Dr. Denise R. Ames’ varied life experiences—teaching, scholarly research, personal experiences, extensive travels, and thoughtful reflections—have contributed to her balanced views and global perspectives. Earning a doctorate in world history education, she has taught secondary schools, universities, a community college, professional development, and lifelong learners. In 2003, Dr. Ames founded Center for Global Awareness, an educational non-profit that develops globally-focused books and educational resources for educators and students grade 9-university. She has written eight books, plus numerous blogs, lesson plans, articles, newsletters, teaching units.

Along with CGA’s Gather program, Global Awareness Through Engaged Reflection, a study and conversation program for self-organizing groups of lifelong learners and, Global Awareness for Educators, Dr. Ames is developing a new program: Turn, Transformation, Understanding, & Reflection Network. Turn encourages life-long learners to see with new eyes, learn from the past, understand others, and recognize the relationship of all things. She teaches workshops/classes and writes about Turn’s five topics: learning from the past, cross-cultural awareness, five worldviews, elder wisdom, and transformative travel.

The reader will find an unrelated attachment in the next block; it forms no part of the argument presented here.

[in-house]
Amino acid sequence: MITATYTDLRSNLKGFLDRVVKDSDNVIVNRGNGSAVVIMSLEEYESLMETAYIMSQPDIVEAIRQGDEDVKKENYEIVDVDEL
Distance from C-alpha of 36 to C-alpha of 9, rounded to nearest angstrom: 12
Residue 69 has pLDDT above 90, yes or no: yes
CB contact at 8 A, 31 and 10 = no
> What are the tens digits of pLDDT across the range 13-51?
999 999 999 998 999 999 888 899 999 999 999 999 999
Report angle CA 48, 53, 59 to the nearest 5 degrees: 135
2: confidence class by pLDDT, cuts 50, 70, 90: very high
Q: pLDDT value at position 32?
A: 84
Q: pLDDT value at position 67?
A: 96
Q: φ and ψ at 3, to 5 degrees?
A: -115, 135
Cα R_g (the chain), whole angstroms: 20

Dr. Ames has written 8 books for the Center for Global Awareness, check out their offerings! Global Awareness Books 

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St. Petersburg, Russia: Peterhof Palace, Luxury Beyond Imagination

By Dr. Denise R. Ames

I am traveling to the Baltic Sea as a cruise ship lecturer aboard the Nautica, part of the Oceania Cruise Line. As part of my lecturer gig, I am accompanying a tour to Peterhof Palace, located about 21 miles from St. Petersburg. It is often referred to as the Russian Versailles, and as I approached the entrance of the estate I can see why, another stupendous Russian palace.

Peter the Great, a famous Russian tsar who “opened up” Russia to the West, built the palace and designed the surrounding estate. After a trip to Paris and the Versailles Palace in 1717, Peter imagined that his new palace in St. Petersburg as a rival. Throughout the early 18th century, Peter supervised the design, construction, and additions to his palace and gardens.

Poseidon, photo Denise Ames

I amble along towards the grand entrance to the palace, taken in by the all the architectural splendor. I statue of Poseidon, god of the sea, is the first to greet me, straddling atop the ocean world. The maritime theme is apt, since the palace rests only 300 meters from the Gulf of Finland.